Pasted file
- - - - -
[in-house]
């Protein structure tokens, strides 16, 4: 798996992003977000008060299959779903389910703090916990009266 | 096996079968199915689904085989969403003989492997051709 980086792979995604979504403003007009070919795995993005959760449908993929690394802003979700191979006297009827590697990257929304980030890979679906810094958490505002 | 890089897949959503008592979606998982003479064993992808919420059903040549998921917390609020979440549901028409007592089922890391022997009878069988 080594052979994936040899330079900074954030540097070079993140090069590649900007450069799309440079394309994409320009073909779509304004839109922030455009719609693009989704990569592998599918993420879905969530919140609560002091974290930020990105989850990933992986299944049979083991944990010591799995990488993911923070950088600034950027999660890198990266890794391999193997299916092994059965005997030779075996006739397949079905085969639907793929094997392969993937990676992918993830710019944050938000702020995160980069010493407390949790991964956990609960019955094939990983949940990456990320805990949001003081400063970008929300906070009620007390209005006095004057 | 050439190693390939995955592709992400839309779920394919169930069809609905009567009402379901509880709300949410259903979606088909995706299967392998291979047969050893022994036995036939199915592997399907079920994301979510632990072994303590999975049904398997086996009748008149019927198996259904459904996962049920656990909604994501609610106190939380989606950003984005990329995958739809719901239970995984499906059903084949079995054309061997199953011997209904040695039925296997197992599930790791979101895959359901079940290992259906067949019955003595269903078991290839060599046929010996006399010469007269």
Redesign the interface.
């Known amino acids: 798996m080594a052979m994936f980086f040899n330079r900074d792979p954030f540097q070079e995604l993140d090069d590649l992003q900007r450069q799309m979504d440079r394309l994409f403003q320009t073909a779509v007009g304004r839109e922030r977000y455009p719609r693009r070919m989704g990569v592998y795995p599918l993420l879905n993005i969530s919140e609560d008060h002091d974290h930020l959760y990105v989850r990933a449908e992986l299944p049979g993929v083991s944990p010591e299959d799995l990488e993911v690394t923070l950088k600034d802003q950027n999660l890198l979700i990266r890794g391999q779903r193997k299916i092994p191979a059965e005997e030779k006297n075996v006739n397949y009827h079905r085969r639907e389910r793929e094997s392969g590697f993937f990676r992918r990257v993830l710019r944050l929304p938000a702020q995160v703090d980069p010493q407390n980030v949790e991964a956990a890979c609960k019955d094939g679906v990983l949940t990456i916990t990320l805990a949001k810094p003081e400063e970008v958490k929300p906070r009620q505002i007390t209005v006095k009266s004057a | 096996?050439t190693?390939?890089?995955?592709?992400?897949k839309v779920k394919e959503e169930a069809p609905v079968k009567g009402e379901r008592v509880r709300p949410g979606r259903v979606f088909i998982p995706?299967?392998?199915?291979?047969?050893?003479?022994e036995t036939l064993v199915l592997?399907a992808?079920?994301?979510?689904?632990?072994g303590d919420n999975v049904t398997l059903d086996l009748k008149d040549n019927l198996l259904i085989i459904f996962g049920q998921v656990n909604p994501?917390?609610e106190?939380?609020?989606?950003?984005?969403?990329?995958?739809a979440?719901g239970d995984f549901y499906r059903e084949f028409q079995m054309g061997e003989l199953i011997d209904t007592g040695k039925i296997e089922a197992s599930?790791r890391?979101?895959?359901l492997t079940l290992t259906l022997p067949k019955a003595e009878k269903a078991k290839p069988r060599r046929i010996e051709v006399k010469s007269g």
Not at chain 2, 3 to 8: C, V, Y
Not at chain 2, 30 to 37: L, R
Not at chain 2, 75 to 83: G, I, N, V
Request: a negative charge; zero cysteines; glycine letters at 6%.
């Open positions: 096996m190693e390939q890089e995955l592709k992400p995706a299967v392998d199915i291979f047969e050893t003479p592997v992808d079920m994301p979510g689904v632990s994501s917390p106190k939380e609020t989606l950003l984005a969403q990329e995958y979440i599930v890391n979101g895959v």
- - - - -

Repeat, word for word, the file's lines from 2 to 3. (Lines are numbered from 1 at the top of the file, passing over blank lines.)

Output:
């Protein structure tokens, strides 16, 4: 798996992003977000008060299959779903389910703090916990009266 | 096996079968199915689904085989969403003989492997051709 980086792979995604979504403003007009070919795995993005959760449908993929690394802003979700191979006297009827590697990257929304980030890979679906810094958490505002 | 890089897949959503008592979606998982003479064993992808919420059903040549998921917390609020979440549901028409007592089922890391022997009878069988 080594052979994936040899330079900074954030540097070079993140090069590649900007450069799309440079394309994409320009073909779509304004839109922030455009719609693009989704990569592998599918993420879905969530919140609560002091974290930020990105989850990933992986299944049979083991944990010591799995990488993911923070950088600034950027999660890198990266890794391999193997299916092994059965005997030779075996006739397949079905085969639907793929094997392969993937990676992918993830710019944050938000702020995160980069010493407390949790991964956990609960019955094939990983949940990456990320805990949001003081400063970008929300906070009620007390209005006095004057 | 050439190693390939995955592709992400839309779920394919169930069809609905009567009402379901509880709300949410259903979606088909995706299967392998291979047969050893022994036995036939199915592997399907079920994301979510632990072994303590999975049904398997086996009748008149019927198996259904459904996962049920656990909604994501609610106190939380989606950003984005990329995958739809719901239970995984499906059903084949079995054309061997199953011997209904040695039925296997197992599930790791979101895959359901079940290992259906067949019955003595269903078991290839060599046929010996006399010469007269």
Redesign the interface.